When it feels like nothing is happening, it’s highly possible that something is happening.  We must have faith that something may be working in what we cannot see.


The only advice I’d give in the moment of triggering is be safe.  Do whatever can be done to prepare people for what happens so they can support you.  There is no shame in being triggered.

Flashbacks occur due to the experience of stimuli we could not have predicted.  These are incredibly autonomic incidents.  Guilt and shame are inappropriate, even though these will inevitably be part of the therapeutic process — “Okay, you say don’t feel guilty or ashamed; easier said than done!”  I get it.

Be as patient with yourself and others as you can be.  Being triggered isn’t your fault, but its effects can be or feel devastating.

To give sufferers some hope, triggering and flashback events are not only stimuli for trauma, they’re stimuli for learning.  These are experiences we can use to learn how to deal with future triggering.

Healing PTSD is a journey of learning about the triggers, what sets us off, how, when and why.  It’s like we need to relearn how to live all over again.  But it’s not a forlorn as it sounds.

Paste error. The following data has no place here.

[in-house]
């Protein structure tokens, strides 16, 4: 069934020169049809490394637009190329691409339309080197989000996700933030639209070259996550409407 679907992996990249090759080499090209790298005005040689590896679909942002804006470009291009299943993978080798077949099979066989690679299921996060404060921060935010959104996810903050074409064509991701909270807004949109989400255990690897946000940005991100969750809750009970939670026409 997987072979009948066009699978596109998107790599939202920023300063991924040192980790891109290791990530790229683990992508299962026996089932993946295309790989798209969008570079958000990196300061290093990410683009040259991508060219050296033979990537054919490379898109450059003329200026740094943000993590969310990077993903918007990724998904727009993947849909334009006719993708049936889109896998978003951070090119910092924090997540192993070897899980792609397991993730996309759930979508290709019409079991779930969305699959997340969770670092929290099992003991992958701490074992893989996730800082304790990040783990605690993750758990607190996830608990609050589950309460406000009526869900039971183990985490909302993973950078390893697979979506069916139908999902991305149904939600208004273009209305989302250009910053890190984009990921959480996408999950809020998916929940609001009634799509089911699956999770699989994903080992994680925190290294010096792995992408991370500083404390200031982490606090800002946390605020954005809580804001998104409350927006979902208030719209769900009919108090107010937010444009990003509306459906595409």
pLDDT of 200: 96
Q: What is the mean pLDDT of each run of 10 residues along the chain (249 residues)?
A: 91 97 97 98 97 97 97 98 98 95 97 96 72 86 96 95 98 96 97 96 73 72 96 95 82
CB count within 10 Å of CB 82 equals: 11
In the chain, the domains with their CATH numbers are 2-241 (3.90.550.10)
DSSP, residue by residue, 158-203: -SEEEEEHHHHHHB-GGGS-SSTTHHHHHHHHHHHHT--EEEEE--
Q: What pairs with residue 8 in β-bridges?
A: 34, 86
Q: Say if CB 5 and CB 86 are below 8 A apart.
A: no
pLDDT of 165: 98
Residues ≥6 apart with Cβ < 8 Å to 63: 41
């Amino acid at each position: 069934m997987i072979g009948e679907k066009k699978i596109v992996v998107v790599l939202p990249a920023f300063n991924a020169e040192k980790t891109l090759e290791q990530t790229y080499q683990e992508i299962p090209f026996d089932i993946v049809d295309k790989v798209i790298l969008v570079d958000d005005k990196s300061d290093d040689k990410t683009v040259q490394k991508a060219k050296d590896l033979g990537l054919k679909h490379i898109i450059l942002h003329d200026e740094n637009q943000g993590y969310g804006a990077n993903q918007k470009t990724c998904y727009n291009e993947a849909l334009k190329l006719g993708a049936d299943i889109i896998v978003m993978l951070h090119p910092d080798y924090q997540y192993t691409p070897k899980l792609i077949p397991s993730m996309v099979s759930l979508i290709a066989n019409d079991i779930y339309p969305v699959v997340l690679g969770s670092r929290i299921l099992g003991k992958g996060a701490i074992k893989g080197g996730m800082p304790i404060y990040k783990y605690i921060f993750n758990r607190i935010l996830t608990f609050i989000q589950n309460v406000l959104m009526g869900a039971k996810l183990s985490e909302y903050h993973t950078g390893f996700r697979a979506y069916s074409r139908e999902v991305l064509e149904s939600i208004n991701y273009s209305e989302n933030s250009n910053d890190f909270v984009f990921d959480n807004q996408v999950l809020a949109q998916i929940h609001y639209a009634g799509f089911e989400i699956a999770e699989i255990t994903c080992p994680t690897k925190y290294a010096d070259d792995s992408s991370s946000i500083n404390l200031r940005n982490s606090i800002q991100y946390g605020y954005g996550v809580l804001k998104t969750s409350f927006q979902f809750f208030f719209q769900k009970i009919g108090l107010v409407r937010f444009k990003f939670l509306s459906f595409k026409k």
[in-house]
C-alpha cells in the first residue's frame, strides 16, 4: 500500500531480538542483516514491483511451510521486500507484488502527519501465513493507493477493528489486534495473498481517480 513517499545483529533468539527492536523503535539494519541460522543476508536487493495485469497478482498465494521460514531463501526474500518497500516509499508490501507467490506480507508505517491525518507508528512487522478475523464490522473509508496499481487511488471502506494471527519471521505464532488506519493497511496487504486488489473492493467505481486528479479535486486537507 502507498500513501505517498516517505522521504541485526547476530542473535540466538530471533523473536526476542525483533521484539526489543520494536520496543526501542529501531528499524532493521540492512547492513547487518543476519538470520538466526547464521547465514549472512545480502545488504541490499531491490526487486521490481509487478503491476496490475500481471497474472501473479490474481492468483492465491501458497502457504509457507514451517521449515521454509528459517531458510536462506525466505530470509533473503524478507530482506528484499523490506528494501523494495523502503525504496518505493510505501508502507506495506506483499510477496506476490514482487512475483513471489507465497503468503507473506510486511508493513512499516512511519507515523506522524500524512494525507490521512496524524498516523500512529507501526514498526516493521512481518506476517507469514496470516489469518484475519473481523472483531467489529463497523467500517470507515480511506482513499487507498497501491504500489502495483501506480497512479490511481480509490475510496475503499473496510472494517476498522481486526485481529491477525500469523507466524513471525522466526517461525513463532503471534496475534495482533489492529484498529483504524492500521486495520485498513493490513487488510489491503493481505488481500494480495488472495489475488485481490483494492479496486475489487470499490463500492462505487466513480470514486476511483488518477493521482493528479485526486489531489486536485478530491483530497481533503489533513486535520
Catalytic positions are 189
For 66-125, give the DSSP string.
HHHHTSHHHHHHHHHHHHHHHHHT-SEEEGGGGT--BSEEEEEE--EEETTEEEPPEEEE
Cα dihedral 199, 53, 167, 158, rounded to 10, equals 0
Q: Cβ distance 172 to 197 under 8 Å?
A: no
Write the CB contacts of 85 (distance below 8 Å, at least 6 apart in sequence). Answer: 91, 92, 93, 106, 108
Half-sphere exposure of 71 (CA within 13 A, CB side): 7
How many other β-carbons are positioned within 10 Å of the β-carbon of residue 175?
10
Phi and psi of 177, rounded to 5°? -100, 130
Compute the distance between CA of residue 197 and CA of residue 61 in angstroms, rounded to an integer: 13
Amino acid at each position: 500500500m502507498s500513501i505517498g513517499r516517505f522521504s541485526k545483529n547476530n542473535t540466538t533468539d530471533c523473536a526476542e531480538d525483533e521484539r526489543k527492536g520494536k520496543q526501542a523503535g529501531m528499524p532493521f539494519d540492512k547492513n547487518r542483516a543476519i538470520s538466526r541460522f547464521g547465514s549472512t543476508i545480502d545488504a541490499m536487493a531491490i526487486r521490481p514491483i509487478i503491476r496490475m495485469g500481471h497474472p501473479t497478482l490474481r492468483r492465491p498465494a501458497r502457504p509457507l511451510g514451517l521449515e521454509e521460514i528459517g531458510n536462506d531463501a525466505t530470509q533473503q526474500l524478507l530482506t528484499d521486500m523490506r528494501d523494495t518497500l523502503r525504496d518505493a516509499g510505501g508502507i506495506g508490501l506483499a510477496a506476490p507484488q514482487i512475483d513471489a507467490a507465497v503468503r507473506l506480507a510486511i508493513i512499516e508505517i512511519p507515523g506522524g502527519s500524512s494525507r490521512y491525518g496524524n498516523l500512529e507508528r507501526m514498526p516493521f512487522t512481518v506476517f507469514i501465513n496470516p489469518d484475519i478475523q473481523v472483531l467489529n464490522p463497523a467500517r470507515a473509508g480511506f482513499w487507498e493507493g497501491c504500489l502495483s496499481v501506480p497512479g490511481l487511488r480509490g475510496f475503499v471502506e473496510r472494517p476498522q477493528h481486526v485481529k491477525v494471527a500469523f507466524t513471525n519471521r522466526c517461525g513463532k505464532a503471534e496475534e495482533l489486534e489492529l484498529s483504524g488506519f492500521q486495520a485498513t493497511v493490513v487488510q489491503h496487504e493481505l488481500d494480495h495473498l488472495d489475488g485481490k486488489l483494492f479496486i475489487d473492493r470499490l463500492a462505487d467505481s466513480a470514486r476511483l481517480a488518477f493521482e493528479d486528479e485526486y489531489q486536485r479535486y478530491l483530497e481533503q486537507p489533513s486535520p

Even if we had to get used to being triggered, we can begin to see God’s purpose in this learning journey.  If Paul learned to live with a thorn in his side, we can learn to live with our triggers for trauma.  And suddenly what comes into view is growth through acceptance.

Don’t underestimate the value in learning to overcome.  God is in the business of miracles.

Important Postscript: after I posted this article, I got a direct message from someone I know stating they’ve had great results with EMDR.  I haven’t heard bad reports about this therapy.  This therapy is done by a licenced clinician.  The counselling I do is relational, and is centred around Christian discipleship.

Photo by Simone Dalmeri on Unsplash 

Wednesday, October 21, 2020

Coming out of the closet of grief’s depression